How Shelton morphs into Christmastown USA

Shelton Christmas Town Light Trees
The 3rd Annual Christmas Tree Maze lights up Christmastown USA in Shelton, WA

The tradition of turning the small town of Shelton into Christmastown USA every year gets many people engaged in the spirit of celebrating the community and is fueled by volunteers and community supporters. Even Mayor Kevin Dorcy helps to stand the trees. This year, he worked all day for two days and much to everyone’s delight, brought coffee to the rest of the volunteers from his company, Urraco.

In case you didn’t know, Shelton is historically known as the “Christmas Tree Capitol of the World.” The area celebrated this distinction and won the Guinness World Record for Most Lit Christmas Trees two years ago with 797(!)—knocking out Hallmark who won in 2015 when they lit 559 trees in New York. This year the trees will be up again in Shelton and turned into an illuminated maze. They’re sustainably harvested by thinning local forestry lots and areas that needed to cleared, like the railroad tracks. Young and old volunteers help, the youngest being Joey, who is 5 and helped haul trees with his dad. Santa, at 32 feet tall, stands on the hill and finishes the maze, welcoming everyone to “Christmastown USA!”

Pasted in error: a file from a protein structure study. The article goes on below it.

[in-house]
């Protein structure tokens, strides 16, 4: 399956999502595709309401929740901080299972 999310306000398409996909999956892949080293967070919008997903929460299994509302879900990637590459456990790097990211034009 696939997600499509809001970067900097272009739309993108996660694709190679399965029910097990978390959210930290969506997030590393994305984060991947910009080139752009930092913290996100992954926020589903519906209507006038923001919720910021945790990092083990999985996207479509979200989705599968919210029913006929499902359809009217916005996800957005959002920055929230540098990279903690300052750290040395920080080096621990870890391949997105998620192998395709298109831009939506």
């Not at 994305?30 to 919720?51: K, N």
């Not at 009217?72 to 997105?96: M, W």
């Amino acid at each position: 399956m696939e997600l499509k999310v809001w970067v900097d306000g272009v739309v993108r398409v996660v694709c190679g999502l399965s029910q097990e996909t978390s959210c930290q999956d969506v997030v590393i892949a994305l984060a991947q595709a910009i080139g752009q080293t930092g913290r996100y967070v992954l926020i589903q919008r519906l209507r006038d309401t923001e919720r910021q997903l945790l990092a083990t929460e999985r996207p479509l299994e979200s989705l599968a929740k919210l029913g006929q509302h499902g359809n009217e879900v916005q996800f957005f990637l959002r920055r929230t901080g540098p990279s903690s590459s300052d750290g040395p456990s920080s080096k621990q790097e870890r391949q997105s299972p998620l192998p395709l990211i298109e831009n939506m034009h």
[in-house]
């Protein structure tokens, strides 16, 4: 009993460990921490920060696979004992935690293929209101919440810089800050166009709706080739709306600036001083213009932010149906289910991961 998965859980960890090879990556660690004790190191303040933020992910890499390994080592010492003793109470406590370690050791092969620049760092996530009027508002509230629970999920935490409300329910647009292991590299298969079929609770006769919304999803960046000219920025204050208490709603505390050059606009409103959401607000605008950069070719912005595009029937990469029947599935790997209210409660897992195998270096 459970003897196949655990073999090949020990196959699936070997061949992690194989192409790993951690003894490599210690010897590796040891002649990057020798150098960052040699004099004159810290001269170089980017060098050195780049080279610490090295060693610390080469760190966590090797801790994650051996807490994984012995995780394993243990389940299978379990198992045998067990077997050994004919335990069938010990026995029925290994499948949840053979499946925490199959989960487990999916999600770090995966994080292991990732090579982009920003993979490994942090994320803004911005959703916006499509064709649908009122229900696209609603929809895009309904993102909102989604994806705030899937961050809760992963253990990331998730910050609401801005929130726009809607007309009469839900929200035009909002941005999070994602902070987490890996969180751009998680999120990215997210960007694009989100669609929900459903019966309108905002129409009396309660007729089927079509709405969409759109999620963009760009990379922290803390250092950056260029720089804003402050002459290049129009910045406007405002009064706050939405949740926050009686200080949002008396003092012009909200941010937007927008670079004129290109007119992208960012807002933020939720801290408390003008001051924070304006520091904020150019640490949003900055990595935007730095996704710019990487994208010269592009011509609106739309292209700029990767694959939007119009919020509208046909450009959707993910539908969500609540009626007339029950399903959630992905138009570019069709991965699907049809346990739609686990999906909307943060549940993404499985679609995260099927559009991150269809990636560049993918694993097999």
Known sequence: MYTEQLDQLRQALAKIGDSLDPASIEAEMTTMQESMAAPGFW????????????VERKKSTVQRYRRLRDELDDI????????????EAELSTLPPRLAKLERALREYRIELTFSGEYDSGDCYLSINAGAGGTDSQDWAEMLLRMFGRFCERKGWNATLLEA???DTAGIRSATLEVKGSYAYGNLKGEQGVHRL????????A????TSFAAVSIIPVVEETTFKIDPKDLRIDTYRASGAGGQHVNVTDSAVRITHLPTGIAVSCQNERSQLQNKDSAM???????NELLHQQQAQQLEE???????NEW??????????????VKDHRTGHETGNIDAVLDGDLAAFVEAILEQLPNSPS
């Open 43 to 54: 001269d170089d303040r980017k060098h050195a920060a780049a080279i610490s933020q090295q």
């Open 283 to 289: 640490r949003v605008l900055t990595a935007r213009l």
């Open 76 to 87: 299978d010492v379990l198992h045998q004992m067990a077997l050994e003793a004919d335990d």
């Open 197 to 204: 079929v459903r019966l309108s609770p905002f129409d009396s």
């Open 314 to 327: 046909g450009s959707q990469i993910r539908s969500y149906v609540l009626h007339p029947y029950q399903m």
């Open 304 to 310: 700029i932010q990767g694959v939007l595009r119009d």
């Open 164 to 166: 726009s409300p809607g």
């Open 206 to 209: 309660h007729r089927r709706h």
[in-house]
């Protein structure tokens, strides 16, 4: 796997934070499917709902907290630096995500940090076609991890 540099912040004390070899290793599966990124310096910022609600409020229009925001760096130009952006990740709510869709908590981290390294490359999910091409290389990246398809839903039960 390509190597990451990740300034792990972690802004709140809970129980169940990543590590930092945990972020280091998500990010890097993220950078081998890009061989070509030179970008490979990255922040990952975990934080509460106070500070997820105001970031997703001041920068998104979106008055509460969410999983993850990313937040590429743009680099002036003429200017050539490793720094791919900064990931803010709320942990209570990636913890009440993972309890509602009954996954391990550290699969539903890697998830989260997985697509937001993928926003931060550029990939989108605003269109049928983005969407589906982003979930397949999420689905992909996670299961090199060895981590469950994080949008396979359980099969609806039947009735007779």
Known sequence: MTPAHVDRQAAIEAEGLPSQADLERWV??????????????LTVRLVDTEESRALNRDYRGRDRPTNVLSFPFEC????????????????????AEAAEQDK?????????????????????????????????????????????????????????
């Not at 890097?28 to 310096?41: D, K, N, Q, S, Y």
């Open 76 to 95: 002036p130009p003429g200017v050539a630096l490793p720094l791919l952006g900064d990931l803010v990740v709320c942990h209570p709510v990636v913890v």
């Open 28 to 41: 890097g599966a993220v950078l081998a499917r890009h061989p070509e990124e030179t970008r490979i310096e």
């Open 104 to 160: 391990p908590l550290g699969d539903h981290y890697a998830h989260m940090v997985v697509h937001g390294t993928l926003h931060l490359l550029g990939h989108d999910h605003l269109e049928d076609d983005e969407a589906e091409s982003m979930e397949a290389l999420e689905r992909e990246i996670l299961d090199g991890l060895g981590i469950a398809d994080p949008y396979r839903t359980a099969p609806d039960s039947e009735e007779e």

Port Townsend’s Holiday Lights

Port Townsend Fountain Holiday Light displays
Haller Fountain in Port Townsend gets the holiday treatment

The winter lights in the trees in Port Townsend are coordinated by the Port Townsend Main Street Program. Working with Dark Star Productions, they install lights in over 100 trees in both Downtown and Uptown. They also hang snowflakes in Uptown and decorate with wreaths and lights Downtown. Main Street’s elves decorate the holiday tree for the tree lighting with Santa in early December. Fyerlite Lighting & Grip lights the Haller Fountain area and the Bell Tower, setting Port Townsend a-twinkle!